Thursday, March 5, 2015

A recording session with J. W. Myers, 1898

Welsh baritone J. W. Myers(c.1864-c.1919)
and of course, his favourite pianist! 
"Freddy" Hylands

Fred Hylands was J. W. Myers' workhorse, or informally, my father would consider him "his bitch". 
an example of their relationship below:

J. W. Myers was a very demanding singer (as clearly seen above)when it came to the nit-picky music that he chose to record at Columbia. Very little of his repitoire consisted of comic songs and Rag-Time, even though he is mentioned in The Phonoscope to having very good minstrel song skills which is somewhat ironic. Myers loved Hylands' piano playing more than anyone else at Columbia, but when I say that, I mean his non-Ragtime piano playing. Mr. Spencer was reserved for the full control of Fred's Rag-Time playing. 
Sometimes I think that Hylands was just Len Spencer's and J. W. Myers' puppet on the piano, because none of them could play piano well enough themselves, so they used him to translate what they would play if they could play it. But Freddy Hylands never wanted to be a puppet to anyone! No! He was a free musician who demanded musical freedom in the recording studio, and just in general. Hylands expected a heap of things from his paymasters and his fellow working musicians, so in this strong feeling, he didn't want to get "knocked around" by the studio singers, even though he let it get to him many of times. Such as the one shown below: 
(From the September 1898 issue of you know what)

this getting "kicked around" nonsense did not get to him too often in the time he was at Columbia, it only really seemed to hit him hard when he got older. 
J. W. Myers was a great singer no doubt, but on many of his Columbia's in the late-1890's and early 1900's, you just have to listen to the absolutely wild piano accompaniment behind him, just hitting all kinds of outrageous notes and bass notes, you can just hear Fred's distress in his playing sometimes. You can almost see that look on his face when Myers "kicks him around" by telling him what he HAS to play on the next take. Myers must not have been a fan of Fred's wild improvisation, as he did not seem to do his usual on many of the records where he's accompanying Myers. That was an unusual notion to have on the Columbia staff, as most everyone trusted Hylands, even if they knew he was pretty tired or loaded(which he was most of the time...).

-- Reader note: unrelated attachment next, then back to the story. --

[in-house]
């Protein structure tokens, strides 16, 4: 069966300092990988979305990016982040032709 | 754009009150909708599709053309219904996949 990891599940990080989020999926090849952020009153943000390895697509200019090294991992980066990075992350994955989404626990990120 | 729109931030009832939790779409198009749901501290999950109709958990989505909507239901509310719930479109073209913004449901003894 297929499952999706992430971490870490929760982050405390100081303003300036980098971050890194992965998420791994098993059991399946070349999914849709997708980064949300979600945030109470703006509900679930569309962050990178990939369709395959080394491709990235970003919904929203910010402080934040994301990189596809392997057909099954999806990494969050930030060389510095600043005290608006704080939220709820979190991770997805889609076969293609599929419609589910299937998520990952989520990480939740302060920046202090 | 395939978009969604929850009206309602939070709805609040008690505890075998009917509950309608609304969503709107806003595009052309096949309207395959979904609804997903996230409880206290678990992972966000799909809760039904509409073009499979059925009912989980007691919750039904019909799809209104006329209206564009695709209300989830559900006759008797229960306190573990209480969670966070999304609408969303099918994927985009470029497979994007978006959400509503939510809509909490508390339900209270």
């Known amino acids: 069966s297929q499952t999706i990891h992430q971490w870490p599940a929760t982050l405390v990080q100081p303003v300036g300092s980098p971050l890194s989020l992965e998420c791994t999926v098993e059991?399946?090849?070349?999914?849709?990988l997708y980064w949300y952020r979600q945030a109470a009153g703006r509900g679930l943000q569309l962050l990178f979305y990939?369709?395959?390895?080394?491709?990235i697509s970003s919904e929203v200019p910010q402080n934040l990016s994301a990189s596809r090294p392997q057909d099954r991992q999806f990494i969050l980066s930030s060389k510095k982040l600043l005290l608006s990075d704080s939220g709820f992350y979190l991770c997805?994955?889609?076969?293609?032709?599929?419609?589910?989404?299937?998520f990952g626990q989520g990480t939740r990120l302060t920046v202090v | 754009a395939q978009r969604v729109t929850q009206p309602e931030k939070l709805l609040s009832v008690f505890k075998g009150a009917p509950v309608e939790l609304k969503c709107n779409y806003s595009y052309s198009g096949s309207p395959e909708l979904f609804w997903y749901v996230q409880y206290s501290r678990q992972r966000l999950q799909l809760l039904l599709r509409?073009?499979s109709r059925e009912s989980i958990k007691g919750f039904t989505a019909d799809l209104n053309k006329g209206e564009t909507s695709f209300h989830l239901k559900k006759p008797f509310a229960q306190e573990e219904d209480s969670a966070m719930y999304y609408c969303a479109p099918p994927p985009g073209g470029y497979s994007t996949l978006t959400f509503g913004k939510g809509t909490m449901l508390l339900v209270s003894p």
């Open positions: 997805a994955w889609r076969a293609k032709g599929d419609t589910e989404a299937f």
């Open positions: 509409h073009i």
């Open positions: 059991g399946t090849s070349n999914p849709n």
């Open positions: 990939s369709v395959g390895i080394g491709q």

Even someone like Arthur Collins was tolerant of Fred's shenanigans. You hear Collins' early Columbia's and you can hear Fred just tickling away the ivories behind him while Collins does his less-than-sober renditions of the latest Rag-Time numbers. It's great that Hylands was such an accepting person, as he was hard-working, laid back, and comical all at once. Myers must have been a perfectionist when it came to non-Ragtime numbers, as he must have climbed up to the piano to show Fred very specific measures and what he wants to hear from him on them when they record a certain take. That must have pissed off Fred a few times here and there, as he was the type that wouldn't want to get bossed around whatsoever. But then again, it's good he didn't have a short fuse like Vess L. Ossman or Harry Spencer had...

I hope you enjoyed this! 

No comments:

Post a Comment